Ivet González, who describes herself, among other things, as a “witness of her time with a critical vision,” has been an IPS correspondent in Cuba since 2011, where her coverage in the field stands out, as she travels around the country to show, through the people, the most varied aspects of their development, with a sensitivity and depth that bring you closer to their reality in a compelling manner.
Issa Sikiti da Silva
Issa Sikiti da Silva, an award-winning freelance journalist who lived in South Africa for 18 years, began writing for IPS in 2012 when he left South Africa to seek new work challenges in West Africa.
He eventually settled in Senegal but travelled frequently to Mali, from where he wrote some compelling stories about challenges facing women and children in this part of the continent.
Based in Cambodia, Pascal Laureyn has been working in Southeast Asia for the last two years. Dealing with issues ranging from climate change to human rights, he has written stories linked to the Rohingya crisis, Duterte’s war on drugs, the growing Chinese influence in the region, the decline of democratic freedoms in Cambodia and many more.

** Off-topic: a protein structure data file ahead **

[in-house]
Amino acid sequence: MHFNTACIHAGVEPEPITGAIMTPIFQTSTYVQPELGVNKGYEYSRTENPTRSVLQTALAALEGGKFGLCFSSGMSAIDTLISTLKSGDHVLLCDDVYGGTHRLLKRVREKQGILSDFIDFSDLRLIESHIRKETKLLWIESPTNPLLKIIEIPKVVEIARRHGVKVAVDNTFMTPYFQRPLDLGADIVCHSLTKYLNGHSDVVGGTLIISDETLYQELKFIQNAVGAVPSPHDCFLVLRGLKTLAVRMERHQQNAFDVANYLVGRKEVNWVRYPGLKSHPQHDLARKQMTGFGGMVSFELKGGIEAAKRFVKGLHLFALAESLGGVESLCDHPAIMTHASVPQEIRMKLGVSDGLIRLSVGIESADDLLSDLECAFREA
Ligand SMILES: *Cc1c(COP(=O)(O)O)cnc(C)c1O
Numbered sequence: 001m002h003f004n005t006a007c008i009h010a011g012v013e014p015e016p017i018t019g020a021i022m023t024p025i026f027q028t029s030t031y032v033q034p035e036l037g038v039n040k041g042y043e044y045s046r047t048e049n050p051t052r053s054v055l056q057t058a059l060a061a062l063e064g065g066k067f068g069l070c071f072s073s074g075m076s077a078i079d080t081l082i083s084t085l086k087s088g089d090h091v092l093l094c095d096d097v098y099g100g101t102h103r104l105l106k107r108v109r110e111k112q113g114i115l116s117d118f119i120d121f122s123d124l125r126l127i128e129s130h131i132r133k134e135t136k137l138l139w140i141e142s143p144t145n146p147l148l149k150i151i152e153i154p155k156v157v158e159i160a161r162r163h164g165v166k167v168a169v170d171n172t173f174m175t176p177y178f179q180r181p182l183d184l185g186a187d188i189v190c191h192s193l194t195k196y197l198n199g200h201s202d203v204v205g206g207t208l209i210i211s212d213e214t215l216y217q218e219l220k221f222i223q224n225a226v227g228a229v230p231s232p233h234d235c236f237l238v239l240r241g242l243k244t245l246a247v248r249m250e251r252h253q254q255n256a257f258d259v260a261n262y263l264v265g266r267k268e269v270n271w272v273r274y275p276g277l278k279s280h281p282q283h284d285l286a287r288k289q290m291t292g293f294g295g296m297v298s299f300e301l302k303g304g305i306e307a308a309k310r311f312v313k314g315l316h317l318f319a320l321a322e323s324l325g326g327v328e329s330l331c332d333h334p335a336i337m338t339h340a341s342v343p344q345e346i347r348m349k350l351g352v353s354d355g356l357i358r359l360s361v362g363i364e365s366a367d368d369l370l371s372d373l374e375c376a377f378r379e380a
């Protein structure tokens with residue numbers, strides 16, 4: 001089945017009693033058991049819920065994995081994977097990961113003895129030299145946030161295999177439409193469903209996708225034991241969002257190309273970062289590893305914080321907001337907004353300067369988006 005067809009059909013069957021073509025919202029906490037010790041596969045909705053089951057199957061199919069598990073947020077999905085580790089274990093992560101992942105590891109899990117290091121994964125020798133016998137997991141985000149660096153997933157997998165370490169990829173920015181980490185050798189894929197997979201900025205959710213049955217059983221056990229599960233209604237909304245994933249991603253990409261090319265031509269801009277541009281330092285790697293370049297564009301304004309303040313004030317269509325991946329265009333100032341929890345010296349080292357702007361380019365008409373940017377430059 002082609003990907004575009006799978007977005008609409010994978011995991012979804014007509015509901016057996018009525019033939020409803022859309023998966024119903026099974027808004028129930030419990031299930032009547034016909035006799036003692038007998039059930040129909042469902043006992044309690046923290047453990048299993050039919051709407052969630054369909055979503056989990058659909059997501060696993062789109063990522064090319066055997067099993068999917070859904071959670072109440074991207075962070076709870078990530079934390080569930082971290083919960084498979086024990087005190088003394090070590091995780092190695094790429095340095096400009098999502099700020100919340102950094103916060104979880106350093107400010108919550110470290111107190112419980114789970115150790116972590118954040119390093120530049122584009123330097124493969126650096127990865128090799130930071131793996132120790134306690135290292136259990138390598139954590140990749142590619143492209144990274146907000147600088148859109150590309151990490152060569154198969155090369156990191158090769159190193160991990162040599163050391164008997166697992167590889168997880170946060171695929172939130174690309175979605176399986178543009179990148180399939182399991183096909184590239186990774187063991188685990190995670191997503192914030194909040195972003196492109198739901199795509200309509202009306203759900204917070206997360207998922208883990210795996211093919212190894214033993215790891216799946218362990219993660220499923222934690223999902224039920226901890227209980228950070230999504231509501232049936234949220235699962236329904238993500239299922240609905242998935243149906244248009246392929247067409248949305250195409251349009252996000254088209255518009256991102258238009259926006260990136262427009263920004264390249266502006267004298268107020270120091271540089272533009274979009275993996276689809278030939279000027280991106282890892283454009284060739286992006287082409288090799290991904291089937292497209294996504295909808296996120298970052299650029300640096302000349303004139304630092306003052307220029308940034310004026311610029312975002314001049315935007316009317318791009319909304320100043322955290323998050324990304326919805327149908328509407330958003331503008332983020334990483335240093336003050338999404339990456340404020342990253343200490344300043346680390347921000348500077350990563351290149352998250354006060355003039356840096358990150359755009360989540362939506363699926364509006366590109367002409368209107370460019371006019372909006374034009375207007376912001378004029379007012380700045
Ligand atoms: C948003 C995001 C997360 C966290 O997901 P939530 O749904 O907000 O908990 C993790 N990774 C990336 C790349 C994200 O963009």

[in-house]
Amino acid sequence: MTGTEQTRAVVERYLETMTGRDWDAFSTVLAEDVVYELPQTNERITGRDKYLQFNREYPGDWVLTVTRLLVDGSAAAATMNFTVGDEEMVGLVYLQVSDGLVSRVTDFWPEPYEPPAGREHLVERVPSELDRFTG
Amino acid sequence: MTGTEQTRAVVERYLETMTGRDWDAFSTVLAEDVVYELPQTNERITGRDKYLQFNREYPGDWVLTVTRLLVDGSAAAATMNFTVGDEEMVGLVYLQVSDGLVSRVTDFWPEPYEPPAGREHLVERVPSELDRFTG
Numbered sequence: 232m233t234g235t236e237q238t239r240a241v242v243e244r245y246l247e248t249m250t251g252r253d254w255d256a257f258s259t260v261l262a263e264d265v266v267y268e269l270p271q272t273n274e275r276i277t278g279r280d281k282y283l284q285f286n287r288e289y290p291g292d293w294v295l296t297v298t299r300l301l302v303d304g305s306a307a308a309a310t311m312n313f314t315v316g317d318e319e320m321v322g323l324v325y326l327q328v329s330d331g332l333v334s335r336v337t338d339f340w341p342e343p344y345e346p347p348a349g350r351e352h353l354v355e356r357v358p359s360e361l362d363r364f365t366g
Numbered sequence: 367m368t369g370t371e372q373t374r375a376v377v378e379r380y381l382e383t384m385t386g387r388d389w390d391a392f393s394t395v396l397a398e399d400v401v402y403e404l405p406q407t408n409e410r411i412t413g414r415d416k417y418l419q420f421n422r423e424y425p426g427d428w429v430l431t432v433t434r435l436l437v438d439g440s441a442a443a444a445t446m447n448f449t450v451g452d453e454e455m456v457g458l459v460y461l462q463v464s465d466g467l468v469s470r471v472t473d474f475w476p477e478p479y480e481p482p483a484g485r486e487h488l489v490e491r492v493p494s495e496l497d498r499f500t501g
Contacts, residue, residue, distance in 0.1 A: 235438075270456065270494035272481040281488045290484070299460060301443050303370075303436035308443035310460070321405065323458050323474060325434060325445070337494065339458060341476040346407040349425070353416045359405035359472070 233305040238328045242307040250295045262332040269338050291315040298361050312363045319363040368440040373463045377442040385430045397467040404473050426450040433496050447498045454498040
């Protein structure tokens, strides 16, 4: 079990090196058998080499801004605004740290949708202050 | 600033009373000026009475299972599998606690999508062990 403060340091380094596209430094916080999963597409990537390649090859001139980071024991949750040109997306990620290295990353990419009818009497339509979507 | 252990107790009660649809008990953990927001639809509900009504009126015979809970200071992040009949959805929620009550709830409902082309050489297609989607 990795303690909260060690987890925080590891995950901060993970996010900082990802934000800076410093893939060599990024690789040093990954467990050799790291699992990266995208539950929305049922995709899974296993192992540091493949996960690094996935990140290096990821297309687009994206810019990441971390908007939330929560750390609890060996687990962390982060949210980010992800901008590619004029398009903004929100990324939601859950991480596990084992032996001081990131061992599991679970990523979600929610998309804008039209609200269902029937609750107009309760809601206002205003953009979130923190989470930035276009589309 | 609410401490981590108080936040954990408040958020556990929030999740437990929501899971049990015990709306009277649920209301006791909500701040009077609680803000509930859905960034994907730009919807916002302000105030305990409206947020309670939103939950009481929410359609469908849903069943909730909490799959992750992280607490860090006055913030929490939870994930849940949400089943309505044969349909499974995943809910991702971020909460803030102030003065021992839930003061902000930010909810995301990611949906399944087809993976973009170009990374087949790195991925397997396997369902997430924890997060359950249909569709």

In a special series of reports, supported by UNESCO, IPS journalists travel to the border region between Bangladesh and Myanmar to speak with Rohingya refugees, humanitarian workers and officials about the still-unfolding human rights and health crises facing this long-marginalized and persecuted community.
Emilio Godoy has been reporting for IPS in Mexico since 2007. He’s one of the most versatile journalists in the IPS network and he never says no to a proposal. A data-obsessed, resourceful researcher, he is passionate about such diverse issues as human rights, migrants, indigenous peoples, sustainable development, the environment, energy, and cyber-vigilance. He puts a committed and personal touch on everything he does, which represents a great contribution to IPS.